After The Prairie: A continuation of the lives of Michael London's Little House On The Prairie TV characters.

For episode summaries and a list of characters, please visit the homepage listed in my profile.

Introduction: This fan fiction series takes place after the end of Little House: A New Beginning, also known as Little House on the Prairie. It picks up where the final episode "The Last Farewell" left off.

I will mention a few things. First, the TV show had major continuity errors. For my series, I am going to say that the year is 1890, and Laura Ingalls Wilder is 23 years old. Secondly, since the age gaps between some of the characters were never well-defined, I'm going to define them myself. Finally the fate of some of the characters will not known right away, but things will be revealed in time.

As for the fate of Albert Ingalls – there is much debate on whether his character did die or not. My belief is that he did die and so he is not alive in this series.

Now it's time for the legal stuff:

Disclaimer: This fan fiction is based on the Michael Landon television series. The storylines do not follow the Little House books, Ms. Wilder's real life, the Beyond the Prairie movies, or 2005 Little House miniseries. I am not affiliated with these groups. I do not own the characters from the books, movies, or TV series.

Episode One: "Goodbye and Hello" (Part One)

Note: I've decided to refer to Mr. Edwards by his first name Isaiah for this series.

Late Spring, 1890

This takes place a few days after "The Last Farewell". Laura, Almanzo, Jenny, Rose, and Isaiah have decided to come and stay with Charles, Caroline, and their family in Bur Oak Iowa.

"Oh Ma," said Laura. "I can't wait to see how much they've grown up. I've missed them so."

The train pulled into the station at last. Rose squealed in delight. Charles and Caroline exchanged content glances. Isaiah and Jenny grinned. Almanzo hugged Laura and gave her a huge peck on the cheek.

"Finally Beth. Now maybe I can get some real food," he said.

"When we get to the house," said Caroline.

"Now Manly, you better give my Ma time to rest before you ask her for a home cooked meal, said Laura.

"Who said your Ma was goin' to cook it Beth?" he said jokingly nudging Laura.

"Almanzo Wilder!" said Laura in mock admonishment.

"Come on, we better get off this train before it starts up again," said Charles grinning.

Although they heartbroken Walnut Grove was gone, they were happy their ltown hadn't died in vain. The Wilders and Isaiah were to begin a new life in Bur Oak with the Ingalls family. They were to stay in Ingalls' home until they found jobs and places of their own. Charles and Caroline, who had lived in cramped quarters for so long, finally had the big house they always wanted to provide a comfortable home for their children.

They got off their passenger car and headed to the baggage car to pick up the rest of their things. After that, they saw James appear in the crowd.

"James!" yelled Laura handing Rose to Almanzo. She went to hug her brother. "I've missed you so much!"

"I've missed you too, Laura" he said hugging back.

Everyone greeted him with a warm welcome.

"Look at how much you've grown," said Laura.

James now sixteen had grown taller than Laura. His blond hair and darkened into a light shade a brown and he had a slightly muscular build.

"Yeah, I'm taller than you now," he said.

"That's not too hard to do," laughed Laura.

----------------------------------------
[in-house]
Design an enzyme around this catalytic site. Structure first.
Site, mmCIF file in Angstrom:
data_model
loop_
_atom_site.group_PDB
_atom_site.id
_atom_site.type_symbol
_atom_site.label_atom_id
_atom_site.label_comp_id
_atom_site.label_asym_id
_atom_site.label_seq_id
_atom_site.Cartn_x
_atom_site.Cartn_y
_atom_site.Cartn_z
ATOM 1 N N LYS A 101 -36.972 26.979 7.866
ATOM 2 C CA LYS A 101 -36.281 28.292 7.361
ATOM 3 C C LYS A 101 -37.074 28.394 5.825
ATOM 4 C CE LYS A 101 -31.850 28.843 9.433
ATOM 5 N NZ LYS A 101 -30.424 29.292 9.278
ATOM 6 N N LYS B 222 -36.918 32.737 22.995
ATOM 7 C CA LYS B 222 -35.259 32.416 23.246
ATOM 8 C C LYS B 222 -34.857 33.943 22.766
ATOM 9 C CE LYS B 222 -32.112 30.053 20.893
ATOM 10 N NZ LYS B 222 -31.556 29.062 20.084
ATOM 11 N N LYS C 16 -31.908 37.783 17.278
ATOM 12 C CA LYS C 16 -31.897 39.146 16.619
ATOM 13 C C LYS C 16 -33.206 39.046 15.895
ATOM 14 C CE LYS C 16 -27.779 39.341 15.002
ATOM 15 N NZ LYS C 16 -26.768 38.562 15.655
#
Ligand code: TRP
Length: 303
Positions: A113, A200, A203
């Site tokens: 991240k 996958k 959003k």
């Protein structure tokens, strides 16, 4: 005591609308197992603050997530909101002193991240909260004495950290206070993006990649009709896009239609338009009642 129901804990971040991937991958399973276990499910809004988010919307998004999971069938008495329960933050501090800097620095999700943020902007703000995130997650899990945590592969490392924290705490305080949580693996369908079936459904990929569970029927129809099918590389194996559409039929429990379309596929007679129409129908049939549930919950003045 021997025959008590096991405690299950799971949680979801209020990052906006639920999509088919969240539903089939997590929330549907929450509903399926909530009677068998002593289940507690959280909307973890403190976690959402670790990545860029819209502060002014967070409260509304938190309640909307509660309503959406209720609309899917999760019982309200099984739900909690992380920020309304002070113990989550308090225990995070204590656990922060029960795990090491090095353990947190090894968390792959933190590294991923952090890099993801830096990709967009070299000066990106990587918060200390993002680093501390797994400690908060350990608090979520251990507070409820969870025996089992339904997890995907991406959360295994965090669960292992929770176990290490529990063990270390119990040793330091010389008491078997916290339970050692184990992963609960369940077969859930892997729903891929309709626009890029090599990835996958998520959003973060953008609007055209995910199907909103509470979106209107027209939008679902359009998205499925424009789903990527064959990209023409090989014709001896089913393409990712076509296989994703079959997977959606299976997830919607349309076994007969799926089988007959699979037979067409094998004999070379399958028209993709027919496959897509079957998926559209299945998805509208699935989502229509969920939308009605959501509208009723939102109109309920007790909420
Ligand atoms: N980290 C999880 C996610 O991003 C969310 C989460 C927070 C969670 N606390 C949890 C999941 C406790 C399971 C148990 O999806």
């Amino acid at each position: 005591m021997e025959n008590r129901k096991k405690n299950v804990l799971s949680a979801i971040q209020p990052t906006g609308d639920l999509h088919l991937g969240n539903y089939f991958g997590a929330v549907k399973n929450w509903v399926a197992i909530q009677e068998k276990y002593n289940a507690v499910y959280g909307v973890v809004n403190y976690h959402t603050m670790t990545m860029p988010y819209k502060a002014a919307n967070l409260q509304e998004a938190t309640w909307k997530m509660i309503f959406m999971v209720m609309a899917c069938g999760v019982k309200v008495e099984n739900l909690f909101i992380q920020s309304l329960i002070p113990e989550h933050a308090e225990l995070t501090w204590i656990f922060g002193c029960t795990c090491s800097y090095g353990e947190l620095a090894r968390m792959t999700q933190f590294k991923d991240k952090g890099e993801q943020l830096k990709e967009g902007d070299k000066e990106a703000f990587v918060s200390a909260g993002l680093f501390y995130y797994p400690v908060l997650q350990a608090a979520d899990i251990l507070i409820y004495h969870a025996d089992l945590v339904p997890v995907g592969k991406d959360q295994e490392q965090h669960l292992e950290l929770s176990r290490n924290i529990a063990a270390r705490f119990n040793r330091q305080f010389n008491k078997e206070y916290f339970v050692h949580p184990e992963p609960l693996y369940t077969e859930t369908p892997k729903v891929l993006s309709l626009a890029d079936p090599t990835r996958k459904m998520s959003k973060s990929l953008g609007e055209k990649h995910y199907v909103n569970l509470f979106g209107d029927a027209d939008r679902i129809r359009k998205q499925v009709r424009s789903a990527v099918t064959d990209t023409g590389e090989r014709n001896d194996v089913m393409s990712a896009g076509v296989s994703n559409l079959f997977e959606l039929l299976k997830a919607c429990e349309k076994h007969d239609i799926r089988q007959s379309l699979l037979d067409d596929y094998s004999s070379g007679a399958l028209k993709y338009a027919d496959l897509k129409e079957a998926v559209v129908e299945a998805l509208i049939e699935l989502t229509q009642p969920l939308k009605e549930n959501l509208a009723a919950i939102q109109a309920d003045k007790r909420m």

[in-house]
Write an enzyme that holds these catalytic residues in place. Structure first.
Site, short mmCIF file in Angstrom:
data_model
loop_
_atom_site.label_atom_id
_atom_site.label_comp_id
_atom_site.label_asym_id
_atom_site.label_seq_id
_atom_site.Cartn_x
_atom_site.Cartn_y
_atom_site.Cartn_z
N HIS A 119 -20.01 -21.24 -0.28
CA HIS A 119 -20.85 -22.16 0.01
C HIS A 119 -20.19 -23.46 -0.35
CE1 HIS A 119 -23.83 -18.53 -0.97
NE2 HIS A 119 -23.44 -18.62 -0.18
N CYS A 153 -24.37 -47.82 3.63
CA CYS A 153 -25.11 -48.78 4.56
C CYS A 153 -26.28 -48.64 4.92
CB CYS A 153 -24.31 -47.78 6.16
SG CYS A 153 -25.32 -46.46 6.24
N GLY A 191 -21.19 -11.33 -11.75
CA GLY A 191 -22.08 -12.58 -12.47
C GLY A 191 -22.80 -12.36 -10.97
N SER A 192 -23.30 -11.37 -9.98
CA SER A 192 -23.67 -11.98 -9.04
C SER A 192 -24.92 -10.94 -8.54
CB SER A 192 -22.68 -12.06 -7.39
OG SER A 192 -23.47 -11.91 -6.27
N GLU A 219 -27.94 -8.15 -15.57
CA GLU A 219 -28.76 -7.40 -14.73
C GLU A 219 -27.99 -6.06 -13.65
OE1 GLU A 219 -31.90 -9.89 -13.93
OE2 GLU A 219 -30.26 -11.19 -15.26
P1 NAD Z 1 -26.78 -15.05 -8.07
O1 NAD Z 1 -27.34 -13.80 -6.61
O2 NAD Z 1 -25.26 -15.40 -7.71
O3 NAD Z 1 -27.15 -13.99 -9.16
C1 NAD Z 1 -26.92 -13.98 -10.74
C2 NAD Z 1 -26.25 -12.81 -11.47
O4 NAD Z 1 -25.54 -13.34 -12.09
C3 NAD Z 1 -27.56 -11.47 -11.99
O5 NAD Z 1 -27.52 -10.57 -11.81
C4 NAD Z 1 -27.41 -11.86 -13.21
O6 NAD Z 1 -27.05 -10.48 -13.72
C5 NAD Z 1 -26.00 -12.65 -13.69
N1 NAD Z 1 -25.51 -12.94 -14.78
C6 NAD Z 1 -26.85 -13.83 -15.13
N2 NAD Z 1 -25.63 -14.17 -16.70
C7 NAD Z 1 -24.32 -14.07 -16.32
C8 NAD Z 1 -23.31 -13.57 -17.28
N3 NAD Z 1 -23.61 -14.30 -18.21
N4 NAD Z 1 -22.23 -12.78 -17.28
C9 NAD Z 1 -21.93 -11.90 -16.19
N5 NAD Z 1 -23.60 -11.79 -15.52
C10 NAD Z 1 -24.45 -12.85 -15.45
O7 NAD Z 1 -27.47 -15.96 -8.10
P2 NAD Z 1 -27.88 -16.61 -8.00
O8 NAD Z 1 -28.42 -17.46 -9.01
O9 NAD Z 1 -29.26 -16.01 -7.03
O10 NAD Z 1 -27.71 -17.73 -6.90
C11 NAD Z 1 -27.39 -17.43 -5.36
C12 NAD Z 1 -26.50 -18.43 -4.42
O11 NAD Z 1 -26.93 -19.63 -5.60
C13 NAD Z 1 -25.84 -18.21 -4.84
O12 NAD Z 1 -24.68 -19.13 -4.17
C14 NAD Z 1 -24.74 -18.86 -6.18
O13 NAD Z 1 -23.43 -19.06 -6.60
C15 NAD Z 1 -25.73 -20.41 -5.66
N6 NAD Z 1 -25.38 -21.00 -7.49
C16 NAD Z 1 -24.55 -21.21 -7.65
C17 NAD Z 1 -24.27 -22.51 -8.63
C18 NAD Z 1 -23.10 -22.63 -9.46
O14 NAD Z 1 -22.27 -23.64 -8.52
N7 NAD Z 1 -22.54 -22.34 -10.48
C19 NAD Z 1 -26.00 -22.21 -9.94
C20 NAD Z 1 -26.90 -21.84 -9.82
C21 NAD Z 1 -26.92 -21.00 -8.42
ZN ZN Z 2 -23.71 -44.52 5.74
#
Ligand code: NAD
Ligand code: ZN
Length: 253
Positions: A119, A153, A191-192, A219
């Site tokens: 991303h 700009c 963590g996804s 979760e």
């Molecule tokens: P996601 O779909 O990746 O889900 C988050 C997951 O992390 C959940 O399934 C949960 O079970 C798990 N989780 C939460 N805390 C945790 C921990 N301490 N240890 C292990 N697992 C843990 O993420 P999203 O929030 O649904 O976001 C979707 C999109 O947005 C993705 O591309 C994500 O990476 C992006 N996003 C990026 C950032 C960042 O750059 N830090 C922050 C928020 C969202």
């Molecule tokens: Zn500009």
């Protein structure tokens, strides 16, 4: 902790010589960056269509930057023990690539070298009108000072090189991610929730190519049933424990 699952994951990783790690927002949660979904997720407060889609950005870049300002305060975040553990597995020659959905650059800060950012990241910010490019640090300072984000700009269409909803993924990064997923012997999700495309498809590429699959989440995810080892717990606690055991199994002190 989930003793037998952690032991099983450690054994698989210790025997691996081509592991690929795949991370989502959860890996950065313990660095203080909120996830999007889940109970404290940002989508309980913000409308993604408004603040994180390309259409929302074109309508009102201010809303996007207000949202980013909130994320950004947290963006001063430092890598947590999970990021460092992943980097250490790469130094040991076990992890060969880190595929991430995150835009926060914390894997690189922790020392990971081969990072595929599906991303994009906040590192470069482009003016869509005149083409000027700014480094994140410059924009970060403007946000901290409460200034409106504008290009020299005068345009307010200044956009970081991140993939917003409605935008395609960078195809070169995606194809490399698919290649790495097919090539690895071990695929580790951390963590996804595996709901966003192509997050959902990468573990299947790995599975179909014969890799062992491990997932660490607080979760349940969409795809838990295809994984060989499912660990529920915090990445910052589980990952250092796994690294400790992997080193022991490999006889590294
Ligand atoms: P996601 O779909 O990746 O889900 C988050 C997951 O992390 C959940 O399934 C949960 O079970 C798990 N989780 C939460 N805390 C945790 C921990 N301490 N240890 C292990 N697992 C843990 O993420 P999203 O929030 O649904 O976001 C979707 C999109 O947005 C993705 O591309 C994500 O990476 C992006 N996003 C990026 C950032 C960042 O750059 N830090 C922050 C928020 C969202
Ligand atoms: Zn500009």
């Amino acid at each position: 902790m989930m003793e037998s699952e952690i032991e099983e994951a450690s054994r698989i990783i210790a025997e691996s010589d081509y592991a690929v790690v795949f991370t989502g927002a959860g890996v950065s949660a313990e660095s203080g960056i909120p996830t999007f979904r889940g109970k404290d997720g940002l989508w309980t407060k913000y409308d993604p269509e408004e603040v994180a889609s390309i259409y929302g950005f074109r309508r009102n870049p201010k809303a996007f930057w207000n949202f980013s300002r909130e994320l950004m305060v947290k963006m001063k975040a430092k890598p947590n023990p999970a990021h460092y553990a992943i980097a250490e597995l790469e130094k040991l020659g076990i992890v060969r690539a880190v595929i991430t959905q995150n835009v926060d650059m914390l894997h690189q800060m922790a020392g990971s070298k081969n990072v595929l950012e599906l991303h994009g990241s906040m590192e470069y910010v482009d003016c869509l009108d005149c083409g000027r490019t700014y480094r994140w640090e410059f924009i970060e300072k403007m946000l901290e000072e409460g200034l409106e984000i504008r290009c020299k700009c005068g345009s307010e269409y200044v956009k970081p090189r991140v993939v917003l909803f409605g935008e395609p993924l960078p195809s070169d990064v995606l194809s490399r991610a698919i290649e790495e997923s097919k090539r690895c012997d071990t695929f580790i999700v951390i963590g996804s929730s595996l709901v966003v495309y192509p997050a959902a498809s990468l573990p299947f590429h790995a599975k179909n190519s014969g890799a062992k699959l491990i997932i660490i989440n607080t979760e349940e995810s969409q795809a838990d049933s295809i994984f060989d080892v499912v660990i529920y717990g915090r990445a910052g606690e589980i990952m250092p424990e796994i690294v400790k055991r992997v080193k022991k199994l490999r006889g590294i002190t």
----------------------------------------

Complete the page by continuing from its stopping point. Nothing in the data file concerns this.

Jenny walked up to James.

"Hi," she said.

"Hey you must be Jenny," he said.

"Yup," she replied.

"I think Carrie and Cassandra will be very happy to see you," said James. "You're the same age you know."

"I know," said Jenny. "I can't wait to meet them."

"Well we best be getting to the house," said Isaiah. "My stomach's so sick of train food that a horse would taste good!"

Everyone laughed as they headed to the wagon James had brought to the station.

The wagon stopped in front of the Ingalls' home on a busy residential street in Bur Oak.

"Ma, the house looks beautiful," breathed Laura, taking it all in. Sure the boarding house had been a mansion, but Laura enjoyed the architecture that wasn't seen in Walnut Grove. Everyone unloaded the wagon and then Isaiah and James went to return the wagon and horses to the neighborhood livery.

"It is beautiful," agreed Caroline smiling. After the difficult first year in Burk Oak, the Ingalls' luck had changed and they were able to move into a bigger home. The house was about the size of Laura and Almanzo's first home in Walnut Grove.

"Well let's go inside-" Laura began.

Caroline was about to say something when Charles stopped Laura.

"Wait, half-pint. I want the girls to run out here. Wait until you see Grace!"

A little later James and Isaiah retuned. Charles looked at the dark house disappointed. He turned to Caroline. "Well let's go inside. I thought for sure the girls would be home. They haven't seen their sister Laura in years."

Caroline smiled knowingly to herself. "I suppose the girls had something important to tend to," she said looking at Charles. Charles caught her eye and nodded in understanding.

"I suppose you're right," he said grinning.

They went inside the house and into the kitchen.

"Sure is dark in here for a welcome home," he said loudly.

He turned on one of the lamps and there stood Carrie and Cassandra holding a cake.

"Surprise!" they yelled. Caroline promptly turned off the kerosene lamp and opened the curtains, revealing the wagons and people scurrying by.

"Well I see you girls have made me a cake, but what's everyone else gonna eat?" joked Isaiah.

He pretended to try and grab the cake away. Everyone laughed as the cake was placed on the dining room table.

"You sure haven't changed, Mr. Edwards" said Carrie and she swatted his hand away.

"Look like you have, Carrie," Laura said.

Although the quiet girl with brown hair and brown eyes still wore her hair in braids, she had matured a lot over the years. After Laura had married, Charles helped Carrie to realize that she was now the "big girl" of the house, and needed to act like it. It took some time, but Carrie finally mended her childish "little sister" ways.